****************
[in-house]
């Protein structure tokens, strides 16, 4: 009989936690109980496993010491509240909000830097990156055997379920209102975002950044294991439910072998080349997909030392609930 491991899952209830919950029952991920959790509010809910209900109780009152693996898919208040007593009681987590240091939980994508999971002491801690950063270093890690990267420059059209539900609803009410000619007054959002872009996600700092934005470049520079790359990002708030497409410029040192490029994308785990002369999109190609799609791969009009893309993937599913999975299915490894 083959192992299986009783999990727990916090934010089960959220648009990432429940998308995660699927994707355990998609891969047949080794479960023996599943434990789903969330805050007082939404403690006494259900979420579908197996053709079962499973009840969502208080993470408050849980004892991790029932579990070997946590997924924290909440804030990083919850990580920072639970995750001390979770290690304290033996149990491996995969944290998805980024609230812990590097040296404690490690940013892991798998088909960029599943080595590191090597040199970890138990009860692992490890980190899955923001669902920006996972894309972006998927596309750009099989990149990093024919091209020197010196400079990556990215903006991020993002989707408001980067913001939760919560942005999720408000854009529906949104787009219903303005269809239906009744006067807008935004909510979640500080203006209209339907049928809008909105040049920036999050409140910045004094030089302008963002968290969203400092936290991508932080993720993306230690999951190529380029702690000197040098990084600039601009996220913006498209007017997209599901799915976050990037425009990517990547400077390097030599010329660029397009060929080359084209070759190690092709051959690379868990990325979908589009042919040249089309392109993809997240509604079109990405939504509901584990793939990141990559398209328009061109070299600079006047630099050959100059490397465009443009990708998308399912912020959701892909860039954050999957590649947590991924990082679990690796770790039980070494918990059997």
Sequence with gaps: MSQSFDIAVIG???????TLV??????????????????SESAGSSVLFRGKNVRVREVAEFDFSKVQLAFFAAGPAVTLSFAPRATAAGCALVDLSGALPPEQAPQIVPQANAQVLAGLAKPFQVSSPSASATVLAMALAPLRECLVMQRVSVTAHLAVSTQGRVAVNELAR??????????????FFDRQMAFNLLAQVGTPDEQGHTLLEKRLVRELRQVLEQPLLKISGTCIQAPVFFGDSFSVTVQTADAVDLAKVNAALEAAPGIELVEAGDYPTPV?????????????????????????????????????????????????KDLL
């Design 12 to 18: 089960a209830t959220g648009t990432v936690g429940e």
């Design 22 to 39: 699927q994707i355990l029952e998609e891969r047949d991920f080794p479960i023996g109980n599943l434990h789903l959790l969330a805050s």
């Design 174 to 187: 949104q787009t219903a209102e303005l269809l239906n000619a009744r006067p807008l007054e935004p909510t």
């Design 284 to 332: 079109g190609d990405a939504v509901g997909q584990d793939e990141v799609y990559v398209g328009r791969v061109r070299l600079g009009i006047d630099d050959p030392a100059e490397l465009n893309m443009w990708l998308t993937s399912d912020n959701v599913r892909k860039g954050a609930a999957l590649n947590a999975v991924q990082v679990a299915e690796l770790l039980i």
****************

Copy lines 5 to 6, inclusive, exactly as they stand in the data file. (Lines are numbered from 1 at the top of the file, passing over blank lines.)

């Design 22 to 39: 699927q994707i355990l029952e998609e891969r047949d991920f080794p479960i023996g109980n599943l434990h789903l959790l969330a805050s």
């Design 174 to 187: 949104q787009t219903a209102e303005l269809l239906n000619a009744r006067p807008l007054e935004p909510t």